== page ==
You know that feeling you get, when something you always thought was pretty cool coincides with something you love, and makes a whole pile of awesome? Benedict Cumberbatch on Sesame Street, the It’s a Wonderful Life episode of Warehouse 13, little boys dressing up as Darth Vadar for Superbowl commercials. All of that rolled into one big moment for me this week, when I found out that Foreigner—a British/American band that brought us “I Want to Know What Love Is” and “Feels Like The First Time”—was not only playing in my town, Portland, Maine, this week, but on stage with them would be the choir from Deering High School.
I was a bit of a choir geek back in the day. Sure I toyed with Orchestra and the violin, I half heartedly learned the guitar, but it was to the choir room I found myself going year after year throughout high school. From Mr. Mason, our choir director, I learned lessons of diction and clarity that I still hear myself repeating on an almost daily basis. How long to carry an “s” sound in the middle of a word. When to use a hard “g” in “ing,” and when to swallow the middle of a word. From Mr. Mason I learned the opening pre-amble to “White Christmas,” memorized the words to “The Seven Joys of Mary,” and learned that a high E was within my range. It is no longer within my range.
Turns out, this is something that the band has done across the country for the past six years as part of their effort to promote music education. Along with the chance to perform on stage with a band that has sold over 80 million albums, the participating choir gets $500 and the opportunity to sell Foreigner CDs on site. The sales go to the music education fund of the Grammy Foundation. The Choir’s role is only a minute long; they will sing backup on “I Want To Know What Love Is.”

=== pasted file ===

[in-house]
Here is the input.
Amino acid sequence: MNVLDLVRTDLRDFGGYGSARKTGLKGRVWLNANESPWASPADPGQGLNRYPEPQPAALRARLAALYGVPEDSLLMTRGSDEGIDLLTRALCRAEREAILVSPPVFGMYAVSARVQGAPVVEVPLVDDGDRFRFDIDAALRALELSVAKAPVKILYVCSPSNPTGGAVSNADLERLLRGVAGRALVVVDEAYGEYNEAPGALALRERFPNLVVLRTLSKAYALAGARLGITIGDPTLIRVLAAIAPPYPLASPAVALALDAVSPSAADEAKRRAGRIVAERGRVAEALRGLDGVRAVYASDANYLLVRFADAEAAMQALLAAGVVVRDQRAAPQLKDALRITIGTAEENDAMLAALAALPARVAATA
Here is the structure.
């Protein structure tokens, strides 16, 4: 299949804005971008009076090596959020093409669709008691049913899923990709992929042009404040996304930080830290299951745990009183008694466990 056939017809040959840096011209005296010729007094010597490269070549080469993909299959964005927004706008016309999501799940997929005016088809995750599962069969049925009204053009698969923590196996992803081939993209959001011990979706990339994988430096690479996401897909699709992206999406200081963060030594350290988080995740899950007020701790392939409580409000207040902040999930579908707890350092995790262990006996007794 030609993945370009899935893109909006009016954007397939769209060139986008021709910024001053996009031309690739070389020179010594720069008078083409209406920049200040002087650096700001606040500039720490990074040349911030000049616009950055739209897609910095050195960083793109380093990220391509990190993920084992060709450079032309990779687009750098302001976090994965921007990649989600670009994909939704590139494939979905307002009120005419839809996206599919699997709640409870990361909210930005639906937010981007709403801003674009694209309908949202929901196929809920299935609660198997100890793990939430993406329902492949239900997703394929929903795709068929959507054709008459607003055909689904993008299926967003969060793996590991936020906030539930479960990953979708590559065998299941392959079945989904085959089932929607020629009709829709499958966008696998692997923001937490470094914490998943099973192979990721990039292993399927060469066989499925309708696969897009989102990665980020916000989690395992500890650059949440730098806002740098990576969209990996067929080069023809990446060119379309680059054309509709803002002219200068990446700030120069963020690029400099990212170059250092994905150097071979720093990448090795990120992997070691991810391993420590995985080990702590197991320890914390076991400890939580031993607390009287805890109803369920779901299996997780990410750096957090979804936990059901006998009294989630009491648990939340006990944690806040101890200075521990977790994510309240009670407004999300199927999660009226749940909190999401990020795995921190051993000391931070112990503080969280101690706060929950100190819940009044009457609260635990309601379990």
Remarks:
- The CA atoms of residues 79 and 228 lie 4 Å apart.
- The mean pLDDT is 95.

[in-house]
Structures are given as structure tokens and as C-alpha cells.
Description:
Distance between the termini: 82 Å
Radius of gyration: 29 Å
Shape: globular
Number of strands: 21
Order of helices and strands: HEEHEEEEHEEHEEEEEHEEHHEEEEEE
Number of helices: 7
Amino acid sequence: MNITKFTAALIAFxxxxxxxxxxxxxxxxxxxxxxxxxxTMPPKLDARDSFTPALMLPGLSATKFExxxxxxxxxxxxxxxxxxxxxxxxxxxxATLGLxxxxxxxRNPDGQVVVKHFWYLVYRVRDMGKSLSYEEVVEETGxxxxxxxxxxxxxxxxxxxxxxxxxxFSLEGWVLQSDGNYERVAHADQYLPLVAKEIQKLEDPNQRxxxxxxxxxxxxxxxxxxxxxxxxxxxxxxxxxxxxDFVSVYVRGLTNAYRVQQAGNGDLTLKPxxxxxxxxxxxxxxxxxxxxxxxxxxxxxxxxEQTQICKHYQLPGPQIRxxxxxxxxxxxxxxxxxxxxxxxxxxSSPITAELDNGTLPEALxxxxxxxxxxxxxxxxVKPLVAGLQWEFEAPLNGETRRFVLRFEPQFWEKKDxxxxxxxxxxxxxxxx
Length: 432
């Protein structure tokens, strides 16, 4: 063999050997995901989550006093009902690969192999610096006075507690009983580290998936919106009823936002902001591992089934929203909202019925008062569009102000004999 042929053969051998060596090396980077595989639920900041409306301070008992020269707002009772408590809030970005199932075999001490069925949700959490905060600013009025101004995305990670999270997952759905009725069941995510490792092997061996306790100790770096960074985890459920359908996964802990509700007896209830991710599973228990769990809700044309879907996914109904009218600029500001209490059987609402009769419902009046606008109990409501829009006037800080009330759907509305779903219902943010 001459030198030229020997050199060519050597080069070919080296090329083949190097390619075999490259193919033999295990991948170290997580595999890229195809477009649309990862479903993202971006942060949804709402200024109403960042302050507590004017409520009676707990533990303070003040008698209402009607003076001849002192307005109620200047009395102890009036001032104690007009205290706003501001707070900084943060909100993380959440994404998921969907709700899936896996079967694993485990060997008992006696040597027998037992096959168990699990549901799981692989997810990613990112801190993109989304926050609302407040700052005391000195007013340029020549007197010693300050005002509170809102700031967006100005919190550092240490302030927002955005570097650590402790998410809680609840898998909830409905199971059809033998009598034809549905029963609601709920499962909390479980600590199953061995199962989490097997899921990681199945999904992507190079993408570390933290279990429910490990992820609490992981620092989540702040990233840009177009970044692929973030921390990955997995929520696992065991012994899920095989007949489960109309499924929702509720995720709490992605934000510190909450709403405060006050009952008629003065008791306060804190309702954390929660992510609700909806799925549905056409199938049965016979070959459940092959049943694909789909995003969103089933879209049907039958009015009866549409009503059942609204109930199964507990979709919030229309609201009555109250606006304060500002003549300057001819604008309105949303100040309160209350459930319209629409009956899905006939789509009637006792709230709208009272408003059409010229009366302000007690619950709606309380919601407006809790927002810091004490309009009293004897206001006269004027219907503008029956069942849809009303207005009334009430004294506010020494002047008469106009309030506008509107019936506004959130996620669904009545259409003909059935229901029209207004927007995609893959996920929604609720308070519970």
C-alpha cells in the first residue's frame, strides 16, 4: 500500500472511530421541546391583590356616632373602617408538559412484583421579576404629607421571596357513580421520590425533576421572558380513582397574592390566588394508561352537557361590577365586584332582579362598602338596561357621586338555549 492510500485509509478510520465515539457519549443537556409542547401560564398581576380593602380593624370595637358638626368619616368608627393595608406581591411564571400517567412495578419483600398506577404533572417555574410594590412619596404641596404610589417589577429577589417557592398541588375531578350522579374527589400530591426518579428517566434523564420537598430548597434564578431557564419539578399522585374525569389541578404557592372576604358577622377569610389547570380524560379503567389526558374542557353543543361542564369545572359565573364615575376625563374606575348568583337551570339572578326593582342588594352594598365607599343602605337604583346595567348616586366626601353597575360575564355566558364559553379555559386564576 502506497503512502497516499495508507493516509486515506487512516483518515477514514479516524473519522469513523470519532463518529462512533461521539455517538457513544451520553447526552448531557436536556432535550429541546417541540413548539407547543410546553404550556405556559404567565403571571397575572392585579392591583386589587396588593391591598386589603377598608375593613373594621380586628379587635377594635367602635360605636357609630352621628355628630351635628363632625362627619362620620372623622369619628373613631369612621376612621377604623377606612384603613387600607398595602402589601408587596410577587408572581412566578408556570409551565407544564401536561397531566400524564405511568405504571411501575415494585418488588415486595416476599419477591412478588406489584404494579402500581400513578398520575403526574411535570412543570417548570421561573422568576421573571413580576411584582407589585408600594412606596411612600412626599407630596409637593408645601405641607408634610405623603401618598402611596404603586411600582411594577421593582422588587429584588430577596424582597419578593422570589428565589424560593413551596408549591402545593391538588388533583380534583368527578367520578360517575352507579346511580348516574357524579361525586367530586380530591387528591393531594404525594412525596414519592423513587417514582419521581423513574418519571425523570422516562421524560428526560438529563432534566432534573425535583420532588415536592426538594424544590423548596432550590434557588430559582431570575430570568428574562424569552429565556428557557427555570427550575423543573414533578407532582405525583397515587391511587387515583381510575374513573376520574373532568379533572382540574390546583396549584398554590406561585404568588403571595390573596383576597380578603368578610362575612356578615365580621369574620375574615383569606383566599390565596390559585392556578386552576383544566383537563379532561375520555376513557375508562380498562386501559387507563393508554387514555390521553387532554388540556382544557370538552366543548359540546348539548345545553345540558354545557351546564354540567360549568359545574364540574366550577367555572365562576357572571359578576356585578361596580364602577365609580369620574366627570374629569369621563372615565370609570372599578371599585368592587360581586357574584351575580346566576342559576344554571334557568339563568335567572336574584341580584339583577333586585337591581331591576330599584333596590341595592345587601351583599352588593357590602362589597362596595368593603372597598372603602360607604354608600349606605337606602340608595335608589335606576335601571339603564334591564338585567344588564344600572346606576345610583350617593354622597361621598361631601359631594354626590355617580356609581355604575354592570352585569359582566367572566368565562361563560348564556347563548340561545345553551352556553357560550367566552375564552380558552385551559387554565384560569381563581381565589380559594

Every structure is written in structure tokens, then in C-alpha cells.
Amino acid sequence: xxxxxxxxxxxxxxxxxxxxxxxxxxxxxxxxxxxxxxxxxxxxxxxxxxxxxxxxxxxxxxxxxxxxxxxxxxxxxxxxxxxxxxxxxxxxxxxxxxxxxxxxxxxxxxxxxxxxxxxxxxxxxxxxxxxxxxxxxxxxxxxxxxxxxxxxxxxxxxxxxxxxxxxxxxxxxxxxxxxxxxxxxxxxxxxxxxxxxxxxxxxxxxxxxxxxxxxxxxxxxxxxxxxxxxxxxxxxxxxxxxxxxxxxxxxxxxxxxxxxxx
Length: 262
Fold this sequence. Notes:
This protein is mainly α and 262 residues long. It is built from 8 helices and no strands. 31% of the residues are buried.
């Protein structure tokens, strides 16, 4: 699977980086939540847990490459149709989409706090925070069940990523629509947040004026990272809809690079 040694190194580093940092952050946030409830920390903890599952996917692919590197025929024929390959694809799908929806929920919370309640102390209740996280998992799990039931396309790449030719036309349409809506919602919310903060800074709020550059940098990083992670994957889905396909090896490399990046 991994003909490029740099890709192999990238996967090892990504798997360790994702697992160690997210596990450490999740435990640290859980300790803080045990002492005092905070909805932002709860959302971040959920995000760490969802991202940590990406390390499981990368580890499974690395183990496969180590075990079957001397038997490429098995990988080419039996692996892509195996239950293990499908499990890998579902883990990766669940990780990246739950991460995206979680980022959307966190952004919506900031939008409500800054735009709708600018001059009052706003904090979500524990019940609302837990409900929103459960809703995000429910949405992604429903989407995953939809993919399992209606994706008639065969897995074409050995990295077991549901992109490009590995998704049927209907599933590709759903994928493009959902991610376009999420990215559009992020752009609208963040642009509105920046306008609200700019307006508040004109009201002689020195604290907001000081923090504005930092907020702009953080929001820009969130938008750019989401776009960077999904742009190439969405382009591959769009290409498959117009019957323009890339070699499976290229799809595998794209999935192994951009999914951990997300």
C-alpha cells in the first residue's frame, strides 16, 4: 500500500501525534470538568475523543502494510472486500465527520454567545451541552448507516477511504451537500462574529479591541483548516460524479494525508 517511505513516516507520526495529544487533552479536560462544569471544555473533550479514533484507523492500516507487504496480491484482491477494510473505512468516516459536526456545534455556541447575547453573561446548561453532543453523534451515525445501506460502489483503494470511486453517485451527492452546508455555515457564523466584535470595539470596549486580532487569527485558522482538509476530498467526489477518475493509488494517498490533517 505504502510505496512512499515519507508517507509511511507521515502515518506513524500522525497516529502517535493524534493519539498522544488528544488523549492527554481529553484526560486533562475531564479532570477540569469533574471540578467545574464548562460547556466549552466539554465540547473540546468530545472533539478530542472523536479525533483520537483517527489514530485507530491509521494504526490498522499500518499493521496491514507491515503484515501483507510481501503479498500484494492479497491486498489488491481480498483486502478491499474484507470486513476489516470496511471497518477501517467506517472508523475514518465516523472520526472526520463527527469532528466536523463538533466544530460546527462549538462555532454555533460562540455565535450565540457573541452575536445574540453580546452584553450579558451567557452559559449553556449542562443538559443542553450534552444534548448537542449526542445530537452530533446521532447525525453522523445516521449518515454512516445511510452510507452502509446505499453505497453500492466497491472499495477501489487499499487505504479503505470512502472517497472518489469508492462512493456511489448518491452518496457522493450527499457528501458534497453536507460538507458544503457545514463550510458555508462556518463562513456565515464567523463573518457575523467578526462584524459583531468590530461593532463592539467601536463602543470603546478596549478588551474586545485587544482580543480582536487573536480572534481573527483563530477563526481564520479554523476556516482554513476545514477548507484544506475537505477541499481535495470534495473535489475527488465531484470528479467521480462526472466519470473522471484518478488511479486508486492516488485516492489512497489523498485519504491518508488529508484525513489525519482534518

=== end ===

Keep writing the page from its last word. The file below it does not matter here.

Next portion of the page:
I got the chance this week to ask a few questions of Gil Peltola, the Choir Director at Deering High School.
GM: What excites you most about this opportunity?
Gil: This is a great opportunity for my choral students to actually be on stage with a world famous rock band. They’re usually in the audience looking up, but this time they will be on stage looking at the audience.
GM: What excites the kids?
Gil: Pretty much the same thing. The thrill of being on stage with a famous rock band. Actually, the parents are just as excited (maybe more!) about this adventure—they grew up with Foreigner.
GM: Has the Glee effect had an impact on how you, and indeed how the kids, approach choir now?
Gil: I just had this conversation with my students as we plan our music for the future. They would like movement to be a part of their singing and productions but also realize that the music must come first. They are thrilled about adding motion to their music.
GM: Were you a Foreigner fan before this?
Gil: I listened to them on the radio but I was more of a jazz fanatic.
GM: What are you doing to prep yourself, and to prep the kids for Tuesday night?
Gil: Not to down play our performance, but we will be just singing the chorus of “I Want To Know What Love Is” with the group on stage. We have a recording and video to watch. Most important we need to be professional throughout the entire performance and smile as big as we can.
GM: What is your favorite memory of your own time with the groups of your youth?
Gil: Again, being a jazz aficionado, I had the opportunity to see jazz musicians such as Cannonball Aderley, Buddy Rich, Bud Shank, Herbie Mann, and others at local jazz clubs. I hope my students will remember this concert and enjoy being a part of music on stage.
Gil expressed his thoughts on music in our education system, thoughts that I can testify worked in my own life thanks to a strong music program. “For me, the purpose of music is performance. We work so hard at rehearsals to perform usually only one time. Hard work produces good results. They can go as far as they wish with hard work and dedication. Hopefully this will excite them and make them go further in life.”
My own choir director taught me vocal tools that I use everyday so the key thing I wanted to know from Gil was what he most hoped the kids would take with them when they left his Choir. “I hope they take the love of music with them. I always tell my students that music is a life long personal partnership. In college there are many music groups, instrumental and choral. Every community also has musical groups that the public can join. Love music and performance, and keep it in your life as much as you can—it is good for the soul.”
Foreigner is playing, with Deering High School, at the State Theater in Portland, Maine, on Tuesday February 18th. Their tour continues throughout the year, check out their tour dates and see if they are playing with a high school choir near you.